Sally is retired and lives in Bellingham in Washington State. She learned Flanders and Binche at the KantCentrum in Bruges in the 1990’s and early 2000’s. She also studied with Annie Noben when Annie was making her epic trips across the US. Sally has taught Binche at IOLI conventions and in the Pacific Northwest, and has made videos for beginners in Flanders and Binche. Binche is her favorite lace to make; it is beautiful, plus analyzing diagrams that look like spaghetti to identify their meaningful elements shares an uncanny resemblance to plotting and analyzing the weather maps she used as a working meteorologist.

Kelli Slack

Kelli Slack is a teacher for her shop, A Twisted Picot, and teaches tatting, knitting, lace knitting, spinning, pattern design, Mediterranean Knotted Lace, seaming, and many other classes. She teaches lace knitting & tatting regularly for the International Organization of Lace, Inc. (IOLI) Convention, tatting at the Shuttlebirds Workshop and Palmetto Tat Days, and many different crafting classes at the Ozark Fiber Fling (Steelville, MO), Fiber U (Lebanon, MO), Hoosier Hills Fiber Festival (Franklin, IN). She is constantly designing and her samples and patterns are usually to be found at A Twisted Picot & Ravelry.

Karen Smock

Karen Smock was born with a love of textile arts, which was fostered by both grandmothers, who were amazing fiber artists. She started bobbin lace 10 years ago, after seeing it at a reenactment, and she started button making in 2015 while making reenacting clothes for her family. Karen specializes in historical needlework and enjoys passing on her knowledge to help keep the heritage crafts alive. Every summer, you can find her at French and Indian War reenactments teaching about lace and button history.

Máire Treanor

Máire Treanor was born and educated in Armagh in the North of Ireland, completing a degree in Irish Studies at the University of Ulster at Coleraine. She came to Clones in 1988 and fell in love with its local crochet lace, which was at this time part of the rich past of Clones. She revived and has taught the technique of Clones lace in Ireland, Brittany France, and many parts of the United States since the 1990s. She has also researched how Irish Crochet travelled to many parts of the World including Umbria Italy, Kiev Ukraine and Budapest Hungary. Máire has written a book on Clones Lace Mercier 2002, Lacis 2010 and a dvd in 2012. She is a regular contributor to Piecework Magazine.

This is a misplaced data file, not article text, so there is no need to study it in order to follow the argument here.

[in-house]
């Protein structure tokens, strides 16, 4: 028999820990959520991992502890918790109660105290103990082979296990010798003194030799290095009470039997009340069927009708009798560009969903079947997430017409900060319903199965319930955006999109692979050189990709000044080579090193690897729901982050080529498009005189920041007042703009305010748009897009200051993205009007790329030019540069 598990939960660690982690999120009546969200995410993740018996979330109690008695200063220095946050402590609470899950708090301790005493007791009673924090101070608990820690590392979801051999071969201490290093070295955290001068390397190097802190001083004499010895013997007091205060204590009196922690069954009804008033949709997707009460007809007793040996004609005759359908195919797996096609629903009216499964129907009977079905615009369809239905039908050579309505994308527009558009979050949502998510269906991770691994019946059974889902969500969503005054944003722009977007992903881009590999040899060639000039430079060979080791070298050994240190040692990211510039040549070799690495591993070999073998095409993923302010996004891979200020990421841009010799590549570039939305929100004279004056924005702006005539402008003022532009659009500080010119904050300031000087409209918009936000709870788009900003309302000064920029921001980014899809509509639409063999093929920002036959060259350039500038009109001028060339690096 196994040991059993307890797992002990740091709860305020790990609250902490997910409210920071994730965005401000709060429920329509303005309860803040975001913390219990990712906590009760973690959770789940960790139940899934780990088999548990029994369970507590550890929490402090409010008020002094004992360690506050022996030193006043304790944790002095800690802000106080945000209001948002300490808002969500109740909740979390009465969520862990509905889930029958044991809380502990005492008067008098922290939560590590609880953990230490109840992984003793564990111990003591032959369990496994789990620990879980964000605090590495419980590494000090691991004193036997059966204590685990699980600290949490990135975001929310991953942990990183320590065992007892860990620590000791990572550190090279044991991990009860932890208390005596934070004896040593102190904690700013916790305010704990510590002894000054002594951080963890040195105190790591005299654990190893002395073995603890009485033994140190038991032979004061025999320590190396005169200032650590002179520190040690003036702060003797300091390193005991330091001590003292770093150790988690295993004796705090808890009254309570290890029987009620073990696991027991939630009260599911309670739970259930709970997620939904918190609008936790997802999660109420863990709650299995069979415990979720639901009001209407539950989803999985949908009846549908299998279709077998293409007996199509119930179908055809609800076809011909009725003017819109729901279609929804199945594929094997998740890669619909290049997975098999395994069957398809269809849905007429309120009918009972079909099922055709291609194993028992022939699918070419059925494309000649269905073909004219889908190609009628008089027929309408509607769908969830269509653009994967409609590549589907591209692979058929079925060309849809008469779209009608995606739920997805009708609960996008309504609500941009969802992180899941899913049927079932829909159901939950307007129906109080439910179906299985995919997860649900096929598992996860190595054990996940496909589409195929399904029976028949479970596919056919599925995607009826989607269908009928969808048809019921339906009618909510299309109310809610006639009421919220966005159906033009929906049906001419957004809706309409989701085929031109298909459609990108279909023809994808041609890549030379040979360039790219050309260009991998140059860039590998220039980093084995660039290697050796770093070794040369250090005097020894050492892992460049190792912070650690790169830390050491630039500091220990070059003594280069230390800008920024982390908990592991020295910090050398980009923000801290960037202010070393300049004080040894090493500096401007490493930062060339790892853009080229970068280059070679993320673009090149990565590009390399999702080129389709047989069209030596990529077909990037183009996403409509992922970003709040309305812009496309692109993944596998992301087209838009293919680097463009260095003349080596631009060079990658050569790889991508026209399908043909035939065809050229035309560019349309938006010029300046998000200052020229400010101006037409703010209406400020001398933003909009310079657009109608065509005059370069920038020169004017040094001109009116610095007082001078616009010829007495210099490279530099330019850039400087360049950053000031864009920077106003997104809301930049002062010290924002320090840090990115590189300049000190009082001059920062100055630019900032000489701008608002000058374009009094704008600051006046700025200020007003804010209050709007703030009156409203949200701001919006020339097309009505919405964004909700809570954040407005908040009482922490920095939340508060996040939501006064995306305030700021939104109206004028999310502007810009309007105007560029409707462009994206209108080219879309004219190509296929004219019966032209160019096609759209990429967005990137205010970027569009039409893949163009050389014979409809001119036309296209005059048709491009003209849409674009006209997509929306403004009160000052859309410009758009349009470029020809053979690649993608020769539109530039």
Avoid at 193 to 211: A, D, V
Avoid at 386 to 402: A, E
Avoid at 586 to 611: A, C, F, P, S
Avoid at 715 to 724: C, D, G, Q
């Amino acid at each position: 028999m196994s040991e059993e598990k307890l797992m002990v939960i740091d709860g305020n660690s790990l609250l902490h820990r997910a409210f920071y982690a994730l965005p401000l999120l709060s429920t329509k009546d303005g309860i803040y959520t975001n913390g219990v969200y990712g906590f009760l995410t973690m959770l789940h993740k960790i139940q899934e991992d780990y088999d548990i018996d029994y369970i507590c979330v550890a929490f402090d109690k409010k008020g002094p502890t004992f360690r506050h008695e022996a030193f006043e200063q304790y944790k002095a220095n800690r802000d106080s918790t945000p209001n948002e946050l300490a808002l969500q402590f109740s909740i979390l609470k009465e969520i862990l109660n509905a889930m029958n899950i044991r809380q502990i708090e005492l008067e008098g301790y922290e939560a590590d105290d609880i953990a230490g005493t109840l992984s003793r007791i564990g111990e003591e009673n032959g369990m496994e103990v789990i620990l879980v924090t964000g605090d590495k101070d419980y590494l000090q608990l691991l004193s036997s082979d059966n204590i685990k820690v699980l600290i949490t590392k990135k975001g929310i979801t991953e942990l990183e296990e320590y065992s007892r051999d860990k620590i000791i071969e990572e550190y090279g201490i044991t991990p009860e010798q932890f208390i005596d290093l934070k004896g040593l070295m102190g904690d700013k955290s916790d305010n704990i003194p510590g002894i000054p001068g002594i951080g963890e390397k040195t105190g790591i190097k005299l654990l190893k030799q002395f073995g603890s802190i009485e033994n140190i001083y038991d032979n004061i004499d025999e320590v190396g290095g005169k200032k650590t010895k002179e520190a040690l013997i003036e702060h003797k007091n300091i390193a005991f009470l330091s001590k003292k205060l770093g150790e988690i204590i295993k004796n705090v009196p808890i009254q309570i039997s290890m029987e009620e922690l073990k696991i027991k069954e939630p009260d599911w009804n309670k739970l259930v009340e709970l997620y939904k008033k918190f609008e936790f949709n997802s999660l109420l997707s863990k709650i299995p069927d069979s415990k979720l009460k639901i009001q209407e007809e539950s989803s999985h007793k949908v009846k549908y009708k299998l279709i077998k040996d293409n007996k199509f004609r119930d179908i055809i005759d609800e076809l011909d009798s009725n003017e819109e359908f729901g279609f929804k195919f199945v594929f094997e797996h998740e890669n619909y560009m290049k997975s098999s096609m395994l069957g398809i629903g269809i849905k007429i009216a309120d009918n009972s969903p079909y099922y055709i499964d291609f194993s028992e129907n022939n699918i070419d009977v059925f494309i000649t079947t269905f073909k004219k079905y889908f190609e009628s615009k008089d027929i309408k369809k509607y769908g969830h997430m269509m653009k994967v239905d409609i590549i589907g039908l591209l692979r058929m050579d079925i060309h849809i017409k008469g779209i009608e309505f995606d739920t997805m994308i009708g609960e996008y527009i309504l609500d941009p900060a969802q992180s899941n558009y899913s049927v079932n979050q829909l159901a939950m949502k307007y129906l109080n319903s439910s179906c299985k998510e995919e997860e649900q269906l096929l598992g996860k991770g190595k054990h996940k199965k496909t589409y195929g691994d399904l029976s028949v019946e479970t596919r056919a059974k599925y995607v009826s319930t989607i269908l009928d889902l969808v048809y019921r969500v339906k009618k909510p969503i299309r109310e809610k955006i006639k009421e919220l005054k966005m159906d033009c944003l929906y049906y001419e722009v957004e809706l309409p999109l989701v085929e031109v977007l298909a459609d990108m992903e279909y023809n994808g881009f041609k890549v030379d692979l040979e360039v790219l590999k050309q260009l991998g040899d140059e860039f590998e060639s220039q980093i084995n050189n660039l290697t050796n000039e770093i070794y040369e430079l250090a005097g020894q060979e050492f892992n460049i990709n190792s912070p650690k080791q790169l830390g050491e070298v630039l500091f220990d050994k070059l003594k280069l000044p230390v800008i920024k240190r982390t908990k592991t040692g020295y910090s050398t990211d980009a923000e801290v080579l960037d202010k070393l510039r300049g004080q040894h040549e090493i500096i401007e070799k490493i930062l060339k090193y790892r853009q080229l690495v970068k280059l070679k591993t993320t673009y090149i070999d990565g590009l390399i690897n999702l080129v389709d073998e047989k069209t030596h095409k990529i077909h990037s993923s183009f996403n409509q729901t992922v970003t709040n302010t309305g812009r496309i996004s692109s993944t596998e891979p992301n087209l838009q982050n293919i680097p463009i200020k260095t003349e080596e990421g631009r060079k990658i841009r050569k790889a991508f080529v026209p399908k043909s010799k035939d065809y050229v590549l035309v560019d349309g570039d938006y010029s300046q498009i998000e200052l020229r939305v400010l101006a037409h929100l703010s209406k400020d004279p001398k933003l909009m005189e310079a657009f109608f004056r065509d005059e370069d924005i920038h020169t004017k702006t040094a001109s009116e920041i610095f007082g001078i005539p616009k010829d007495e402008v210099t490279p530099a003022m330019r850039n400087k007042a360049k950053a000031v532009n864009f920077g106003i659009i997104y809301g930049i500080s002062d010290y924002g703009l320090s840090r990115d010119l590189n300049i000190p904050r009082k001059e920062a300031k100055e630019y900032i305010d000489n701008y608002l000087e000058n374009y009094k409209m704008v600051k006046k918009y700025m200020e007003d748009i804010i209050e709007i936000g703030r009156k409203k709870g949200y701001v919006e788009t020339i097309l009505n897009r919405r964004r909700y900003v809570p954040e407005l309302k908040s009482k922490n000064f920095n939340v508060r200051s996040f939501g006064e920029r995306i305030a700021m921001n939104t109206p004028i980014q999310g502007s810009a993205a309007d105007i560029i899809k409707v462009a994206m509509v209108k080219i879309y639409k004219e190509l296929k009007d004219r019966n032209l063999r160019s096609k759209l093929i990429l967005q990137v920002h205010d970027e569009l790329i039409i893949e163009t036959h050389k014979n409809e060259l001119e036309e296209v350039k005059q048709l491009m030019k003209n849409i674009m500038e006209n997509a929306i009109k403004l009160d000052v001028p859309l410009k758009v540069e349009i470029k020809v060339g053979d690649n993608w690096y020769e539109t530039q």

Karen Thompson

Karen learned to do many types of handcrafts from an early age while growing up in Denmark. Bobbin lace was added in 1974 when she learned the basics from her mother, including how to draft patterns. Since then she has studied bobbin lace in the US and abroad. She has taught at IOLI Conventions and for local guilds, as well as being actively involved in several lace guilds in the US and internationally. In 2017 she published a book on The Lace Samples from Ipswich, Massachusetts, 1789-1790. A 12-Hour Introduction to Bobbin Lace booklet was added in 2020 in collaboration with Kim Davis and Linda Kay Benning.

Holly Van Sciver

Holly has been a student and teacher of lacemaking for over 47 years. Originally trained in England, she teaches a wide variety of bobbin laces, but specializes in 19th century English laces. Her most recent work features Lester and Floral Bucks designs as well as interpretive lacemaking of non-traditional designs. She has taught and lectured in the United States, Canada and Europe for the International Old Lacers, regional lace guilds, national lace conferences, museums, historical societies, universities and professional organizations. Holly is a leader in teaching the fundamentals underlying lacemaking theory and design. She is the founder of the Finger Lakes Lace Guild and owner of Van Sciver Bobbin Lace, which has served to promote lacemaking worldwide since 1981.

Carol Wang

Inspired by a crafty mother, Carol has been a lifelong maker. She fell in love with Chinese knotting during a trip to Taiwan in the 70’s and has been tying knots ever since. Carol’s particular joy lies with finding or forging connections between disparate things. Whether that might be exploring the use of the same knot in mizuhiki, net making, and boondoggling; turning theoretical mathematical objects into physical knots; or tying knots with fiber optic cables. She also experiments with technology like CNC and laser cutters, usually to make tools to assist with other crafts.

Martina Wolter-Kampmann

Martina Wolter-Kampmann studied textile design for the teaching profession in Dortmund Germany and then trained as a lace teacher in Belgium at the Kantcentrum. Her preferences are the classic Flemish fine laces but also contemporary, sophisticated solutions for beginnings and finishes, jewelry and all tricky problems on the bobbin lace pillow. She looks back on over 33 years of professional experience.

Louise West

Louise is based in Derby, UK and she designs, makes and teaches bobbin lacemaking, both at home and internationally. She specializes in the English laces of Bedfordshire and Bucks Point, but is always learning other laces for her own enjoyment. Her aim in life is to infect everyone with the passion and enthusiasm for bobbin lace and to pass on her knowledge to keep lace alive for the future.